Müller, Marcus (CEL)
mueller at kit.edu
Tue Apr 16 12:16:52 UTC 2019
I am, too, not a lawyer, but:
The GPL is meant to ensure exactly what you plan to do doesn't happen:
If you distribute a program based on librtlsdr, the person receiving
your software has a right to its source code.
Dynamically linking usually doesn't change that fact; that's
interaction directly between machine code through shared state/memory.
On Tue, 2019-04-16 at 07:36 -0400, Richard Frye wrote:
> I want to write a program that is for sale without releasing all of the source code. Some of it is fine but parts are proprietary. Does it matter if I dynamically link the rtlsdr library?
> On Mon, Apr 15, 2019, 8:45 PM Greg Troxel <gdt at lexort.com> wrote:
> > Richard Frye <richard at codingstudios.com> writes:
> > > If I write software that uses the rtlsdr library that is already installed
> > > on the computer, does my software also have to be opensource?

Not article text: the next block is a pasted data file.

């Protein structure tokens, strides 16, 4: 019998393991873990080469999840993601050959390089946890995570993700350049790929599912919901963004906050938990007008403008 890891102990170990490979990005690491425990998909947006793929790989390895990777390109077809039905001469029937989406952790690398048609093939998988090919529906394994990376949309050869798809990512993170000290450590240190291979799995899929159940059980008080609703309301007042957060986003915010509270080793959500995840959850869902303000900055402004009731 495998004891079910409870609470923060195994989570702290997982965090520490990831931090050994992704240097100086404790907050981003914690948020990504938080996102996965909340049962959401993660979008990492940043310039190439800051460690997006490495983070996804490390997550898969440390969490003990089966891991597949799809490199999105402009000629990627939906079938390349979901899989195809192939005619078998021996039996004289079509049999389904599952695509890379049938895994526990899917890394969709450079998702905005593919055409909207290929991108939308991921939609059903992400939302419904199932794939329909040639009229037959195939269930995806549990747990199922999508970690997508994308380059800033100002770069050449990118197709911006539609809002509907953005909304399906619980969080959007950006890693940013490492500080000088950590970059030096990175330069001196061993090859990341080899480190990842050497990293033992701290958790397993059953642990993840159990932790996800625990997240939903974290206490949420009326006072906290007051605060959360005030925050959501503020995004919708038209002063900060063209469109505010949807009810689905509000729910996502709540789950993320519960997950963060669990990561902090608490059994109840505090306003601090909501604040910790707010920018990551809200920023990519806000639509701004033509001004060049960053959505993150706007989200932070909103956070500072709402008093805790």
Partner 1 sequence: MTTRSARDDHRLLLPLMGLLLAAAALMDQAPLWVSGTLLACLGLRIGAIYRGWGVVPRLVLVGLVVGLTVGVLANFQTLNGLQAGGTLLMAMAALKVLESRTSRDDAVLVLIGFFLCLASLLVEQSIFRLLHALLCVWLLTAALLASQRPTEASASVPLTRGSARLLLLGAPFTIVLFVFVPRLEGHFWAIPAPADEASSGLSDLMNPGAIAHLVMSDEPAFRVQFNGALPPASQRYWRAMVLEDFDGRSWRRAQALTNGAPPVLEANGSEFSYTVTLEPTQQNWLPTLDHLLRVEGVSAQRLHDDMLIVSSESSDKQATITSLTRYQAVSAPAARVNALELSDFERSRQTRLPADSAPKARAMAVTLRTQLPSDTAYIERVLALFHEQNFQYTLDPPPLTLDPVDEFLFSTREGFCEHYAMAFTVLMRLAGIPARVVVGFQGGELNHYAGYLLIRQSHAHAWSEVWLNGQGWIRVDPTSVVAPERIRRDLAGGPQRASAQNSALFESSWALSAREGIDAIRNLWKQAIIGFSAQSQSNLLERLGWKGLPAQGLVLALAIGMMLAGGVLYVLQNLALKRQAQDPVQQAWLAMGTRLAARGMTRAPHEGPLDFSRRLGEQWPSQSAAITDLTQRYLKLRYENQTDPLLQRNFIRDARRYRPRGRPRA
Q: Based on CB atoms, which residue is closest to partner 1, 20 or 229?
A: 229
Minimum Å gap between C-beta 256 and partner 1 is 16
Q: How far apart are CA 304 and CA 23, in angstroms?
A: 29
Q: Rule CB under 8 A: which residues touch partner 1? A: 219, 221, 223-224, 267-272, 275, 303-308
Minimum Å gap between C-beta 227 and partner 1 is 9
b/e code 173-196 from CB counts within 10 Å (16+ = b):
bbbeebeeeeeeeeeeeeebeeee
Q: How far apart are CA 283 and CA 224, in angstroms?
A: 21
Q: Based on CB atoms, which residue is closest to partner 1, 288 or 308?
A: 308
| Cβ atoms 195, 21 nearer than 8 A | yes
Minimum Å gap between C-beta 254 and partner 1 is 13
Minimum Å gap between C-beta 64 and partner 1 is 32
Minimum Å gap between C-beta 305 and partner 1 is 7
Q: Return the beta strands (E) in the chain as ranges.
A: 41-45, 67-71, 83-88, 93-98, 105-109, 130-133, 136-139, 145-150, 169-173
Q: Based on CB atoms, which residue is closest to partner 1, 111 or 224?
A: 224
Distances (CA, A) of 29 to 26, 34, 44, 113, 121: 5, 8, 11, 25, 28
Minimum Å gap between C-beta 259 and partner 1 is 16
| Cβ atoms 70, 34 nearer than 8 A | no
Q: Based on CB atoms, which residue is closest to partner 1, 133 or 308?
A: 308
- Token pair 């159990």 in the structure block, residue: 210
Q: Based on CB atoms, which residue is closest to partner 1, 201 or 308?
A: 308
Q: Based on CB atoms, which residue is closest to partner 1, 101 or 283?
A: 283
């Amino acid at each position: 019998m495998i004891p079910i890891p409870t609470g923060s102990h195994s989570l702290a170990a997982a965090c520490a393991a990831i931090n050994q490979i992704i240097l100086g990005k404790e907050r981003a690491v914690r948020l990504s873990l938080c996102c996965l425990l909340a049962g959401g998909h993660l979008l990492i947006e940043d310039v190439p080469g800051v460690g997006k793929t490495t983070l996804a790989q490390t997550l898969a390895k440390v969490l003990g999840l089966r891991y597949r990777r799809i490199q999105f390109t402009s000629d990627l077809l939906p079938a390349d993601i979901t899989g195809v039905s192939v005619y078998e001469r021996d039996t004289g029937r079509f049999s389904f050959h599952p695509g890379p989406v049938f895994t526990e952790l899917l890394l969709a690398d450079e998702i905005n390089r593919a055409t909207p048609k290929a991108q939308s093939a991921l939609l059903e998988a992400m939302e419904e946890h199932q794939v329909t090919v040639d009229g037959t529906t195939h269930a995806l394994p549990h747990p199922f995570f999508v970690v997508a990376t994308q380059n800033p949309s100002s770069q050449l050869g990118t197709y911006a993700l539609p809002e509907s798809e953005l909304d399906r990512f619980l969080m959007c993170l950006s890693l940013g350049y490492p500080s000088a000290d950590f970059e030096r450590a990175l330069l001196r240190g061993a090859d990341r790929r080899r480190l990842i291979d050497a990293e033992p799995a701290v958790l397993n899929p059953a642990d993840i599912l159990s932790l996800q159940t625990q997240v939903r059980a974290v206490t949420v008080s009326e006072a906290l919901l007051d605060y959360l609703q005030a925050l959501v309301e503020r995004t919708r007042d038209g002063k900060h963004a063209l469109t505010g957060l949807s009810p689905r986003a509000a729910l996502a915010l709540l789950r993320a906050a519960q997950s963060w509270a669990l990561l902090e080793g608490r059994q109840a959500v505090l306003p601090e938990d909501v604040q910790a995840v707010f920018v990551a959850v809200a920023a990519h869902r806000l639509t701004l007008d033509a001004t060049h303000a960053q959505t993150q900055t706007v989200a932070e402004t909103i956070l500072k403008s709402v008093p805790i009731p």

> > IANAL, TINLA.
> > rtl-sdr and osmo-sdr both appear to be GNU GPLv2.
> > The standard interpretation is that if you create a derived work by
> > writing a program that uses those libraries, then distributing that
> > derived work requires permission from the copyright holders of the used
> > libraries. And, that permission is only available if you license your
> > work under the same license, GPLv2. That is the point of the license.
> > If you want to write software and not distribute it at all, that's
> > another matter, and the standard interpetation is that this is ok.
> > What are you trying to write, and what are you thinking about for
> > licensing, other than GPLv2?
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